Services for the community

The services that are now available in these remote mountain villages include:

  • Internet Access: for students, teachers, local residents and tourists

  • E-mail: Villagers use the free accounts available through nepalwireless.net or other web mail services, such as Yahoo or MSN Hotmail

  • Internet Access: for students, teachers, local residents and tourists

  • Telephone service: Ordinary landline phone calls can be placed through Internet telephony equipment and the private branch exchange (PBX) software on the network server

  • e-Education: To help address a shortage of qualified teachers, there are programmes to provide live lessons to school classrooms using networked cameras

  • Telemedicine: In collaboration with Om Hospital in Pokhara, medical services are offered to residents of remote areas through audio and video links

  • Community: Using an online forum, villagers can exchange news and opinions, place advertisements, and engage in community affairs

  • Money transfers: In collaboration with thamel. com, a business based in Kathmandu, the capital of the Federal Democratic Republic of Nepal, money transfers (used by family members working abroad) and credit card transactions are available.

These services have been enthusiastically taken up by local people. They can go online at community centres for a low fee, and voice-over-Internet-protocol (VoIP) phone calls can also be made. Lessons in basic computer skills are offered too, by students from a technical college in Kathmandu. And women health workers in the villages are trained at hospitals in the capital or in Pokhara.

While remaining affordable by local people, the charges for services generate revenue for the Nepal Wireless Networking Project, to sustain and expand its work. Meanwhile, residents in neighbouring Himalayan villages that are not yet connected understand the benefits of the project: they sometimes walk for several hours to reach centres where they can access the Internet or VoIP phone services.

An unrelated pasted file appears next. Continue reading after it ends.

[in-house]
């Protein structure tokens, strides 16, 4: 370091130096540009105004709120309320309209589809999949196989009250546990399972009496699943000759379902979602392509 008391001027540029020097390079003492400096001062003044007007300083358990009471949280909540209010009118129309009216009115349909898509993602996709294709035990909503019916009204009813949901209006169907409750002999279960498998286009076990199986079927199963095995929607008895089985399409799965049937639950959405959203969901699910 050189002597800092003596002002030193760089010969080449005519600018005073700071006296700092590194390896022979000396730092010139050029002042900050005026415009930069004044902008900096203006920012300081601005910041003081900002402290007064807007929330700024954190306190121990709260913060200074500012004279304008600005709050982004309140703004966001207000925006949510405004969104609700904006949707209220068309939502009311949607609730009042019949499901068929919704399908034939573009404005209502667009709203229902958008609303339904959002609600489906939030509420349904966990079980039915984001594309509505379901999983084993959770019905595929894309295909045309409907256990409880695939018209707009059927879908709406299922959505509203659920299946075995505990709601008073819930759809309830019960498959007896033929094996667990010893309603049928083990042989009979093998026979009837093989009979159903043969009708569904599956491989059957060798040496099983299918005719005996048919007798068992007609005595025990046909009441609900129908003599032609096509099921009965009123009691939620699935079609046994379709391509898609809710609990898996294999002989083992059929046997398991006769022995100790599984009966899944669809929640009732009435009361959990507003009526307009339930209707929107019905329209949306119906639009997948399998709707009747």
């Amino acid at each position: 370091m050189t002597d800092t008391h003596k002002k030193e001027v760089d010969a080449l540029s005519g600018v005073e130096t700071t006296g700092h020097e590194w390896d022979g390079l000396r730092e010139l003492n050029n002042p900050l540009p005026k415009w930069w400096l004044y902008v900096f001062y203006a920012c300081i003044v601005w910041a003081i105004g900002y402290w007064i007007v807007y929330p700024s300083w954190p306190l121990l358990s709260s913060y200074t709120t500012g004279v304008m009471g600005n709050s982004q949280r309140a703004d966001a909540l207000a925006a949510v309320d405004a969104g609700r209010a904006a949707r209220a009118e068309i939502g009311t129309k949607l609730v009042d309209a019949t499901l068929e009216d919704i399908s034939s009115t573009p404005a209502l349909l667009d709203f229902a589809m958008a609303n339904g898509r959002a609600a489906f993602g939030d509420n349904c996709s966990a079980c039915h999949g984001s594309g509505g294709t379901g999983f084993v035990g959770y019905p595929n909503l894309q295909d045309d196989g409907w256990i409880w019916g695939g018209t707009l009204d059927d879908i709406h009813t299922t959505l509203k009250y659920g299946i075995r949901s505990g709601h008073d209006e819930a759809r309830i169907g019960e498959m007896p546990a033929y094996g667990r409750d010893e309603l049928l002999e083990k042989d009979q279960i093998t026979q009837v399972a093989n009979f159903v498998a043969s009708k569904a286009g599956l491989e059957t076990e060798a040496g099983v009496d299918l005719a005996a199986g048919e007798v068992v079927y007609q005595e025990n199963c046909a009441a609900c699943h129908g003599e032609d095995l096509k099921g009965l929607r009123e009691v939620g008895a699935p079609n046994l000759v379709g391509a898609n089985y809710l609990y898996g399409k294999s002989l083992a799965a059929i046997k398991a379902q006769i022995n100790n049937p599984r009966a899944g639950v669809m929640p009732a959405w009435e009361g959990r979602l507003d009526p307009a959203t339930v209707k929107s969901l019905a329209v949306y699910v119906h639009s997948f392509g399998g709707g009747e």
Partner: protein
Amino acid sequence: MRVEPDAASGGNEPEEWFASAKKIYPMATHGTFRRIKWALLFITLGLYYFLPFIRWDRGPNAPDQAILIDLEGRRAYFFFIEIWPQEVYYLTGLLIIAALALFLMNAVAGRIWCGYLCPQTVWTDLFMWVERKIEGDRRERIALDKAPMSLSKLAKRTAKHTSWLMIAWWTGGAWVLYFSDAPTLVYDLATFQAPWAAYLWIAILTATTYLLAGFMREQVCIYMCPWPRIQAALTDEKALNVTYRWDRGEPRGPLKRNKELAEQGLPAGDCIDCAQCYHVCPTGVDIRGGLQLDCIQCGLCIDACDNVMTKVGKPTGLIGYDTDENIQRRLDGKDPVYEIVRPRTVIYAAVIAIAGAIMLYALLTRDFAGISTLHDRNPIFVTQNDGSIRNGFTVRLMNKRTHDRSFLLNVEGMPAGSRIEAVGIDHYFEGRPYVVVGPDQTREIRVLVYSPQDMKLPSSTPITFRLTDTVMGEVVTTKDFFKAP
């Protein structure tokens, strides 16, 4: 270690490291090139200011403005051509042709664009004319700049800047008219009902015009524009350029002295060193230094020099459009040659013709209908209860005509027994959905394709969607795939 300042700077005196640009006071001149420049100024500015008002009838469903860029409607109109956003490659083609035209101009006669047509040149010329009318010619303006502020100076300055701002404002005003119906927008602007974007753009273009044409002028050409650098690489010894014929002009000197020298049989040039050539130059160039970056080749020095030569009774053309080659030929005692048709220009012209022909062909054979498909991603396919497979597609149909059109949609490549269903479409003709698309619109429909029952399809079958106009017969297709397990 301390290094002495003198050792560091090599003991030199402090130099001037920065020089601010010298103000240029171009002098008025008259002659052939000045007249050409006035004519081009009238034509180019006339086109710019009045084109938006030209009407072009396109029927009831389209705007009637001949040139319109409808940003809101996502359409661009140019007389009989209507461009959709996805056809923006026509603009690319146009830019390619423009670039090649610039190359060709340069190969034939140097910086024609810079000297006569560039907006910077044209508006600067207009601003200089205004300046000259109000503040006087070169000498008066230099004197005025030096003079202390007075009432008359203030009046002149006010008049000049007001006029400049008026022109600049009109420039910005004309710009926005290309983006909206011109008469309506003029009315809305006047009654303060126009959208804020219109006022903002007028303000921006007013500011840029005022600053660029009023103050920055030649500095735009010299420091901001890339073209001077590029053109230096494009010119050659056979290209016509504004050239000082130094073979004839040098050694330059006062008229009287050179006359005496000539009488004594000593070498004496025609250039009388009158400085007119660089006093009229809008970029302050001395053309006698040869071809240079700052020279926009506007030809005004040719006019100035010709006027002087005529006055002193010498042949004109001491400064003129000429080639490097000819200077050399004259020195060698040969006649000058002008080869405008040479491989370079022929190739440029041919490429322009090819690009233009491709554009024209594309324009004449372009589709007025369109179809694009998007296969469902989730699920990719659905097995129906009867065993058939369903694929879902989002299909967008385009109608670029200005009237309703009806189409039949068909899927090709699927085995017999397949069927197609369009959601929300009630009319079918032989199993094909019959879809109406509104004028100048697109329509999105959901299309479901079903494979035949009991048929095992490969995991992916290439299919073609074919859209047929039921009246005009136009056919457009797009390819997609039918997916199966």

Job creation

One of the most important goals of the project is to give rural residents a better way to trade goods, and to create jobs. Also, Himanchal Higher Secondary School offers vocational training programmes and is engaged in community development projects such as animal husbandry, forest conservation, and handicrafts.

Yak and cattle farming is one example. The wireless network is used to manage a project in which the animals are kept in fields near the relay stations, high up on the mountain slopes. Despite the isolation, herders can communicate with other staff using e-mail on a laptop computer. Projects like these are also targeting the tourist market. Camp grounds for trekkers have been established near where the yak graze, and the animals’ milk is used to make cheese that is sold to tourist lodges.

 
The ITU mission team with staff of Himanchal Higher
Secondary School and residents of Nangi village
The ITU mission team with staff of Himanchal Higher Secondary School and residents of Nangi village
Photo credit: Y. Kawasumi

ITU visit

Ten of the connected villages were visited in May 2008 by a team representing Study Group 2 of ITU’s Telecommunication Development Sector (ITU–D), examining Question 10-2/2 on Telecommunications for rural and remote areas. Their mission was to study cost-effective technological solutions for rural communications in developing countries. In addition, the team delivered more equipment for the network, donated by ITU.

The team’s report gave high marks to the effectiveness and sustainability of the Nepal Wireless Networking Project, which it concluded “has greatly contributed to social and human development in Himalayan mountain villages”.

Future expansion

Before the project, there was no telecommunication infrastructure in the Myagdi area, very limited electricity supplies and few roads. Despite this, a wireless network has been established to bring information and communication technologies to villagers in the Himalayan foothills. Partnerships are being sought with the national and local governments, and a “One dollar a month” campaign has been launched to raise donations. There is a strategic plan to expand the Nepal Wireless Networking Project to as many rural areas of the country as possible that otherwise could remain unserved.

* More details of the Nepal Wireless Networking Project are available at: www.nepalwireless.net/index.php